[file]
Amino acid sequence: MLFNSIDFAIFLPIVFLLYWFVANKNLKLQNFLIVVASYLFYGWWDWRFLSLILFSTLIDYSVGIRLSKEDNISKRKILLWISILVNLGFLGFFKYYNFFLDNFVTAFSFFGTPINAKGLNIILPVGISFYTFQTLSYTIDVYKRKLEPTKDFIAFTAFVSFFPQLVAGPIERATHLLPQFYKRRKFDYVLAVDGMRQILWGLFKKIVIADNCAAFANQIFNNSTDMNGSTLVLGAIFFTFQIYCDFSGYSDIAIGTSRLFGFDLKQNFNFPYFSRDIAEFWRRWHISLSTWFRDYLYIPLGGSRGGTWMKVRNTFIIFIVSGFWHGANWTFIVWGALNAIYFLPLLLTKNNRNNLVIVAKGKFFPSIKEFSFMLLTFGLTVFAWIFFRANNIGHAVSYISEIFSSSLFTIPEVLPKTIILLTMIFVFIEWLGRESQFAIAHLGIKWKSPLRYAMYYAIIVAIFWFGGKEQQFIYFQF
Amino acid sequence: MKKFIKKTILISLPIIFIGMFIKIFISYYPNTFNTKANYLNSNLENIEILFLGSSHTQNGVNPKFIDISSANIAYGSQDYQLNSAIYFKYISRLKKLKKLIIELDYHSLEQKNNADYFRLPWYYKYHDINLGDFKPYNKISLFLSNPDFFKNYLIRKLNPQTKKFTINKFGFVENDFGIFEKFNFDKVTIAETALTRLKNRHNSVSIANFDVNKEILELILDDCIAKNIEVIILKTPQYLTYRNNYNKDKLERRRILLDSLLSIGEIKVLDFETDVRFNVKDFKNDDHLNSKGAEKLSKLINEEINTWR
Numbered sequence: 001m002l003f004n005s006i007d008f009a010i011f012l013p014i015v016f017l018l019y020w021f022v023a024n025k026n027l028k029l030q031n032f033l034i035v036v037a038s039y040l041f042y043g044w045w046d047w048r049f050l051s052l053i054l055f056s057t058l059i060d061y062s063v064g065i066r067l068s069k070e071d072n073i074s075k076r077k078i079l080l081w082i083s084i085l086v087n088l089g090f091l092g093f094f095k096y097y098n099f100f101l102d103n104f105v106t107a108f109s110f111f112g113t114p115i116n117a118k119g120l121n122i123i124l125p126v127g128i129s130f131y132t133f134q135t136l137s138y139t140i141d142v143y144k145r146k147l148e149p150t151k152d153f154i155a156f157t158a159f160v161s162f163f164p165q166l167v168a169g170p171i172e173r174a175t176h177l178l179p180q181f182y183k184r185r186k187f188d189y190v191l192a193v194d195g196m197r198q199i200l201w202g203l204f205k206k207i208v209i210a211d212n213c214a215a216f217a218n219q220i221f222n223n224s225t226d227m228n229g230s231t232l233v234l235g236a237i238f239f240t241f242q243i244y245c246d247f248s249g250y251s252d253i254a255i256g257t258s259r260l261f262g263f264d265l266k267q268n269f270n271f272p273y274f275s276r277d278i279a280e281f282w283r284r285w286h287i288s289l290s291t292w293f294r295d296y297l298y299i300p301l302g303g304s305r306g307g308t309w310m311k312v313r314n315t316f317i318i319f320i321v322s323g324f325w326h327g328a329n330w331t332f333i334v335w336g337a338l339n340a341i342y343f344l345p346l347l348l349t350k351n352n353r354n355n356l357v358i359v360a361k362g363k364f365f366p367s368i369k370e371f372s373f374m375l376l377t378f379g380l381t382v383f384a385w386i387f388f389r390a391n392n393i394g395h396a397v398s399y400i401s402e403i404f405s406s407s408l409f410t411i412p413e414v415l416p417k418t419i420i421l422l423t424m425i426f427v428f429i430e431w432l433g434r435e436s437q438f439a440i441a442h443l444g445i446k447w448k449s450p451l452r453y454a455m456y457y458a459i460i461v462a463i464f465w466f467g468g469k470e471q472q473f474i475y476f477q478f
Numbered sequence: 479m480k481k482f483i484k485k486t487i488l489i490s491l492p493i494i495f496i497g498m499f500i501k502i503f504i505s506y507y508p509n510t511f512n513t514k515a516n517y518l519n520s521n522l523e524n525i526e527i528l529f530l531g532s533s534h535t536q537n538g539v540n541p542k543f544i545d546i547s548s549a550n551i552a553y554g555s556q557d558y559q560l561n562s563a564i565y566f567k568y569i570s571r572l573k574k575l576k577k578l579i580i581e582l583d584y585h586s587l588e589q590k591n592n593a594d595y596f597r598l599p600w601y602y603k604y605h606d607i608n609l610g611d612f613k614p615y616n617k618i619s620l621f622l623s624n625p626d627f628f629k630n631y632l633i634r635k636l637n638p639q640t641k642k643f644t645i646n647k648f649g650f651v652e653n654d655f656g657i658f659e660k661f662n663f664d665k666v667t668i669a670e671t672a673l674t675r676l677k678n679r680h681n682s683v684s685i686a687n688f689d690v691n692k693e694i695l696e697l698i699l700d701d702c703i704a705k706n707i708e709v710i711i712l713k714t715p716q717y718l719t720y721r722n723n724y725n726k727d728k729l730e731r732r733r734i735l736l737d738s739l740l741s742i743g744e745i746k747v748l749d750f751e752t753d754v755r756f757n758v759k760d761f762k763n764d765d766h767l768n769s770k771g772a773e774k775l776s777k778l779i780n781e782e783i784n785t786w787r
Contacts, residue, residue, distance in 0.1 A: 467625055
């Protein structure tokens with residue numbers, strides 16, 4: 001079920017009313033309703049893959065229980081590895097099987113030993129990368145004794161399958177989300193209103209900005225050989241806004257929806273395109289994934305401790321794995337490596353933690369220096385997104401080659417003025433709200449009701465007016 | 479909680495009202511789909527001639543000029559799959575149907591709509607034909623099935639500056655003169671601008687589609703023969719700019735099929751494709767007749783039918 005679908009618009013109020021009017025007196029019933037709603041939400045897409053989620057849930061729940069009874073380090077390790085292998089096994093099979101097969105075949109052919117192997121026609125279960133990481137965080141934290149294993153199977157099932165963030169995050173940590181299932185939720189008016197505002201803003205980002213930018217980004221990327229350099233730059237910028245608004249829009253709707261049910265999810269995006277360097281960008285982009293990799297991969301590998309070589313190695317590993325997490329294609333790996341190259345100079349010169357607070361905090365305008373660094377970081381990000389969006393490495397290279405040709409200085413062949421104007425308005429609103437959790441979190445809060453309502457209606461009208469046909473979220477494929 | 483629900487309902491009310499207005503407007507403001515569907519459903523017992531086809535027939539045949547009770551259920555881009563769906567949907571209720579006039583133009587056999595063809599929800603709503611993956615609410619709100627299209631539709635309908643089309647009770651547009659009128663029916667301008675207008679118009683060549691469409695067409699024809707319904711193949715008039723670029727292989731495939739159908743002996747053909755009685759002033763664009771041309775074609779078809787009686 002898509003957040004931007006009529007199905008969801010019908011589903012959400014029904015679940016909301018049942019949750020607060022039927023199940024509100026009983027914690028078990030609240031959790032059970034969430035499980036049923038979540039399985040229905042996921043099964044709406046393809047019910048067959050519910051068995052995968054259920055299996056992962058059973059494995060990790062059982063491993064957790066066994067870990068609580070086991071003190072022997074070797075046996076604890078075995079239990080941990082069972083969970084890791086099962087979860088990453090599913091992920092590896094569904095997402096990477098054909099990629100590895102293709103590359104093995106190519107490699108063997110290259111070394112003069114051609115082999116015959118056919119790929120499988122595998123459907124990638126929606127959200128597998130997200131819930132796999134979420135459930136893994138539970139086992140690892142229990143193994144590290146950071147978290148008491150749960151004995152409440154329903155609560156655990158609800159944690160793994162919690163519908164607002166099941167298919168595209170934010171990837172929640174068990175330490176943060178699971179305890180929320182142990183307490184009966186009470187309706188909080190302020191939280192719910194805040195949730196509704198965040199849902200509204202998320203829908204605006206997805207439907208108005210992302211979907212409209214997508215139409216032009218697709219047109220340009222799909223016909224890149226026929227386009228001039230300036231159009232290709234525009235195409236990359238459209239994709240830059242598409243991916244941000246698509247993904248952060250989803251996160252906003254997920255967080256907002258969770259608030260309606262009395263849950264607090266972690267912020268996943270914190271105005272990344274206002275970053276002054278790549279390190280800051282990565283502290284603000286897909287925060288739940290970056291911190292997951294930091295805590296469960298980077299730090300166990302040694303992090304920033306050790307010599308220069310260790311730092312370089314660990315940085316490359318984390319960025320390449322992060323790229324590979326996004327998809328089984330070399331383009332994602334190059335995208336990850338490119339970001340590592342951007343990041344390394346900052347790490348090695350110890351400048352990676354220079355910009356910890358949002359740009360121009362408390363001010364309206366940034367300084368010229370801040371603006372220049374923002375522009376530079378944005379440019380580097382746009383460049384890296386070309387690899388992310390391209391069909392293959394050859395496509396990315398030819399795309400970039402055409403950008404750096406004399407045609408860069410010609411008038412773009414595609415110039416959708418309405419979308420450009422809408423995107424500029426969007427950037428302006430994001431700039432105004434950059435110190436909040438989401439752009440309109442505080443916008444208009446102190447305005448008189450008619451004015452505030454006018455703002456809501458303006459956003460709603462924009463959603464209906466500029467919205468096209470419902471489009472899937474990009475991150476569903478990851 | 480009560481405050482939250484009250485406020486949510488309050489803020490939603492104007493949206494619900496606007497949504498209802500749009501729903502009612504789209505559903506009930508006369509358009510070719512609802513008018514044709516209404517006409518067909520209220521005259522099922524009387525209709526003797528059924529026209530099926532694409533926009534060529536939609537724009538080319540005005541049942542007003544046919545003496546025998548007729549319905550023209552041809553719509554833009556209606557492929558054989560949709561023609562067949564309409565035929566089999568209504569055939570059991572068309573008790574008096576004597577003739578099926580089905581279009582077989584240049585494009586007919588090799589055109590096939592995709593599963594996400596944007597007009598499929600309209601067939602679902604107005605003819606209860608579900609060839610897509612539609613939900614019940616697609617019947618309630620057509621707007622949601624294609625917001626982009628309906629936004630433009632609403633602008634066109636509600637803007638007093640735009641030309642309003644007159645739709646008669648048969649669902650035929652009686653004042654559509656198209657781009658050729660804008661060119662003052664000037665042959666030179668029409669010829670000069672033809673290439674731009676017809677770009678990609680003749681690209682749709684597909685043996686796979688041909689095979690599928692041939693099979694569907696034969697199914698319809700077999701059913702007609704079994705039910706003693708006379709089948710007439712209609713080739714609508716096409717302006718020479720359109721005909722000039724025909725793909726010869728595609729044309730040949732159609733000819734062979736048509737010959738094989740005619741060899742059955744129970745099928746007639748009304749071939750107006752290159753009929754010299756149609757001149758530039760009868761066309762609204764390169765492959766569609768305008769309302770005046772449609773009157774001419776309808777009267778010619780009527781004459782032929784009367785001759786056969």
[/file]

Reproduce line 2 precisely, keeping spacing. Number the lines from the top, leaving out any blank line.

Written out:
Amino acid sequence: MKKFIKKTILISLPIIFIGMFIKIFISYYPNTFNTKANYLNSNLENIEILFLGSSHTQNGVNPKFIDISSANIAYGSQDYQLNSAIYFKYISRLKKLKKLIIELDYHSLEQKNNADYFRLPWYYKYHDINLGDFKPYNKISLFLSNPDFFKNYLIRKLNPQTKKFTINKFGFVENDFGIFEKFNFDKVTIAETALTRLKNRHNSVSIANFDVNKEILELILDDCIAKNIEVIILKTPQYLTYRNNYNKDKLERRRILLDSLLSIGEIKVLDFETDVRFNVKDFKNDDHLNSKGAEKLSKLINEEINTWR